4 Reasons Why Women’s Education Leads To Less Poverty

This is the most solid Borgen Project article I’ve written to date. It’s timely, comprehensive, and includes a clear call to action at the end. I hope my future blog posts imitate this model: https://borgenproject.org/4-reasons-why-womens-education-leads-to-less-poverty/


My editor took a few direct quotes from my sources, slightly rearranged the words, and put them back into the article. The ideas are still (technically) attributed, but now it looks like my analysis of the topic as opposed to an expert’s insight. This makes the concepts easier to grasp. School trained me to over-attribute my work. I’ve learned that, as long as I’m still respectful of intellectual property, I can express a lot more freedom in educating an audience.

How Artist Freddy Sam Helped The Poor

Another one of my articles was chosen for The Borgen Magazine! They seem to like talking about creatives enriching others through unconventional means, and, lucky for them, I like that too! http://www.borgenmagazine.com/freddy-sam-helped-the-poor/


Themes aren’t just the territory of stuffy old books your teachers forced you to read. Wrapping a wide-reaching article around one thesis doesn’t just make for compelling reading; it’s easier to write something centralized as well. The problem (with this article, and many others of mine) is that it’s easy to fall into the trap of editorializing through themes. This article’s subtle about its optimism, however. Speaking for myself, it’s hard not to get inspired when reading about Freddy Sam. But (as an exercise) I’d like you to note when you do, and see where you notice a similar reaction in your next newspaper article.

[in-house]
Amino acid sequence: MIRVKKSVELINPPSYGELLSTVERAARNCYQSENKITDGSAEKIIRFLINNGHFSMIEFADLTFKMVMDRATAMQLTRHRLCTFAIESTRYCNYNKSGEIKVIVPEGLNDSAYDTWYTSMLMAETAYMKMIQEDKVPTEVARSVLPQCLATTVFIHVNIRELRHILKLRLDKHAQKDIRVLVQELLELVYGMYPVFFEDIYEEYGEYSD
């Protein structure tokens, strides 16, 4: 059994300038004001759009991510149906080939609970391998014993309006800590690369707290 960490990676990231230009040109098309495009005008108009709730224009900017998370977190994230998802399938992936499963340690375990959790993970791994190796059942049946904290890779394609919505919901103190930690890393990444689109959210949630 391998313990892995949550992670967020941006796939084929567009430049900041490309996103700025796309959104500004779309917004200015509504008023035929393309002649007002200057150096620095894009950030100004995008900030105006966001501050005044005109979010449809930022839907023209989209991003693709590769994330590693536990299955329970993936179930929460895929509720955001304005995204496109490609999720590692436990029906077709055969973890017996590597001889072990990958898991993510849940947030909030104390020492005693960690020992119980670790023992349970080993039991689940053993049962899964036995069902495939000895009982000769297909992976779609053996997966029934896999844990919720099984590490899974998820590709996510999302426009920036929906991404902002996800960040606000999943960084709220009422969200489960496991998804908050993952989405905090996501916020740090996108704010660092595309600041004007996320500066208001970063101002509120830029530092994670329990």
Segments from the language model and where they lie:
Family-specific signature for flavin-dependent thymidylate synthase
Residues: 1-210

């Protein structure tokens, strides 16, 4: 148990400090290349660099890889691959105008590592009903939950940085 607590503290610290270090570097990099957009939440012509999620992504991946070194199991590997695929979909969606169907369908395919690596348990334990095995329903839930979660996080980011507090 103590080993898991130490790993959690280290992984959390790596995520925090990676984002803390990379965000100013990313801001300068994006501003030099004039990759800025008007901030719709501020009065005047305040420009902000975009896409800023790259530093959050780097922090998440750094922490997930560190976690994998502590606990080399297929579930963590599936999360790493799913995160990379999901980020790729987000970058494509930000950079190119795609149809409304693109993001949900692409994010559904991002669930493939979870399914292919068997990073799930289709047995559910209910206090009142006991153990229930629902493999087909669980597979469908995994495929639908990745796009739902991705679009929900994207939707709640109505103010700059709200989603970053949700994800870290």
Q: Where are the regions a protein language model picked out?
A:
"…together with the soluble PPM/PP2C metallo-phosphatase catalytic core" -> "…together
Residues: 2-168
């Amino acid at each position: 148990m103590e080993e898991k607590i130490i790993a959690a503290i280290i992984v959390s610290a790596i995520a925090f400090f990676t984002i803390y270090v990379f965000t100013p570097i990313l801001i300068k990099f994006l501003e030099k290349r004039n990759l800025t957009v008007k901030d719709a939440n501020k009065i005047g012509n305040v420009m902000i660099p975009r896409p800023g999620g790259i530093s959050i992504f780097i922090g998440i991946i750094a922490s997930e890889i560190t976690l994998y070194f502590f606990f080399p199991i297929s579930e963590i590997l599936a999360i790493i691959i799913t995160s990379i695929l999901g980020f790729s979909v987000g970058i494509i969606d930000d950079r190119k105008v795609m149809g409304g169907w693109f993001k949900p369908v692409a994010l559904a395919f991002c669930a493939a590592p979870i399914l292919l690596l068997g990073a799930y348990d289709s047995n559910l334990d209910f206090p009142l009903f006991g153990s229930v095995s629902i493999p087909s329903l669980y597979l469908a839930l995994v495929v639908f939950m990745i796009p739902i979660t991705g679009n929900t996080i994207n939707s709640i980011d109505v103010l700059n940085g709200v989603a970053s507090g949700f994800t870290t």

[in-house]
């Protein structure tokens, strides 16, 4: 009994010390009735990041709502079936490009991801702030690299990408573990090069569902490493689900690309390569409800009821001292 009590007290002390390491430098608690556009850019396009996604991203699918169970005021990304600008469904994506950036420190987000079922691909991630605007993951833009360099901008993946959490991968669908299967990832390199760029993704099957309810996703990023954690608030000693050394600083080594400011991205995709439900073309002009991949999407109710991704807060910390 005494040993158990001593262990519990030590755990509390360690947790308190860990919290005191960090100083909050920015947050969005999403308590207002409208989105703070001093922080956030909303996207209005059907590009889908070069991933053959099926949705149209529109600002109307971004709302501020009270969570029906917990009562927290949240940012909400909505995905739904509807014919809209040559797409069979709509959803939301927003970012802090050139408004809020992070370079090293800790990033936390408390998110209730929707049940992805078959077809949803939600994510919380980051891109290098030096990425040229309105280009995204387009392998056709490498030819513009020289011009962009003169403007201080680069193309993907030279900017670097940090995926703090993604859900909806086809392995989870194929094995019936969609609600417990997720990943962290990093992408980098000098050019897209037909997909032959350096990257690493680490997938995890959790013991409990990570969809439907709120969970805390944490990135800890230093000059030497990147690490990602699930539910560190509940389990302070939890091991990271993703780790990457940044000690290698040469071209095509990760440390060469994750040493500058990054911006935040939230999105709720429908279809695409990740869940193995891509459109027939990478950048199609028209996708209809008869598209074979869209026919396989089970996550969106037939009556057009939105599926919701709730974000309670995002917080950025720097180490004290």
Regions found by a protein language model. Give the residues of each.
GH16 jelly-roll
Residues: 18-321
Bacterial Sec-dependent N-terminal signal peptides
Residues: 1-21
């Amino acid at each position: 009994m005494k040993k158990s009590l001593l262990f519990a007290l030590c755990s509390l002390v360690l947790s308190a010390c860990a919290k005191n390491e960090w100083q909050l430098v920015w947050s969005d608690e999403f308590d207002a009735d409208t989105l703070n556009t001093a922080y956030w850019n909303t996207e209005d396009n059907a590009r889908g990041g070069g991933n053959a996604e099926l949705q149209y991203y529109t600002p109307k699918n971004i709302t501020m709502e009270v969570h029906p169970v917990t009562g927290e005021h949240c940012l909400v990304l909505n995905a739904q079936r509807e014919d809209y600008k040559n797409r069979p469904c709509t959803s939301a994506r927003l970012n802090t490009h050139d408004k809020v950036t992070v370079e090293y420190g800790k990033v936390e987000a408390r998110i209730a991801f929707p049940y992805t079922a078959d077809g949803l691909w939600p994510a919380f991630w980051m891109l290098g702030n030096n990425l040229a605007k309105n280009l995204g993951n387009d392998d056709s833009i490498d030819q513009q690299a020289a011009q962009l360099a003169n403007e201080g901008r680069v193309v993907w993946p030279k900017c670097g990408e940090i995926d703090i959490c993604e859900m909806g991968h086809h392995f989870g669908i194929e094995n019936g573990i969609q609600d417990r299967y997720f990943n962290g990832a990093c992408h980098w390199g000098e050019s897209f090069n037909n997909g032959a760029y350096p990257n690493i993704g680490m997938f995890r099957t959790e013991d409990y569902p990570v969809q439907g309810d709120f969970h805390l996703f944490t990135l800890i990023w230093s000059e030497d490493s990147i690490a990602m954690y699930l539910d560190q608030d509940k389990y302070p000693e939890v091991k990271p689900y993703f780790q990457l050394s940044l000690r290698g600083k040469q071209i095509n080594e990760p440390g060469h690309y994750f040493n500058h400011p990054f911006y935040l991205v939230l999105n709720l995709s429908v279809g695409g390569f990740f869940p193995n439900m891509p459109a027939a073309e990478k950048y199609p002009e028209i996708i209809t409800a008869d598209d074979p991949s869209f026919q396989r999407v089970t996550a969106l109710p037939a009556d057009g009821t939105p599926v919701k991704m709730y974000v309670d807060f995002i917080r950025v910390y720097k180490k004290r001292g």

4 New Technologies That Can Help End Poverty

As a sci-fi reader and writer, I don’t do nearly enough research concerning science. Well, now I found an opportunity to cultivate inspiration and write a cool article at the same time! Here’s 4 New Technologies That Can Help End Poverty: https://borgenproject.org/new-technologies-that-can-help-end-poverty/


Most of my previous reflections on my Borgen Project articles follow the pattern of “here are the mistakes my gracious editor fixed.” But now I find myself in a curious reversal. I don’t mean edits like removing the adjective “exciting” from my original title. I also don’t mean paragraph breaks added and removed to better fit the flow of information.

When you read my article, you’ll notice some points where there’s no space between the period and the start of a new sentence. There’s also the phrase “…has led to fiery debated [sic] in the past decade.” My original copy read “… has led to hot debate in the past decade.” The change to “fiery” is good, the change to “debated” is not so good.

Let me ask you, fair reader: should I email my superiors about this? I’d rather not pick a fight with the editor of a charity project. But if someone else notes the errors, they won’t see my editor’s name on the byline. Let me know what you think.

Again, the article can be found in this link. And if you like my work, why not donate to the cause as well?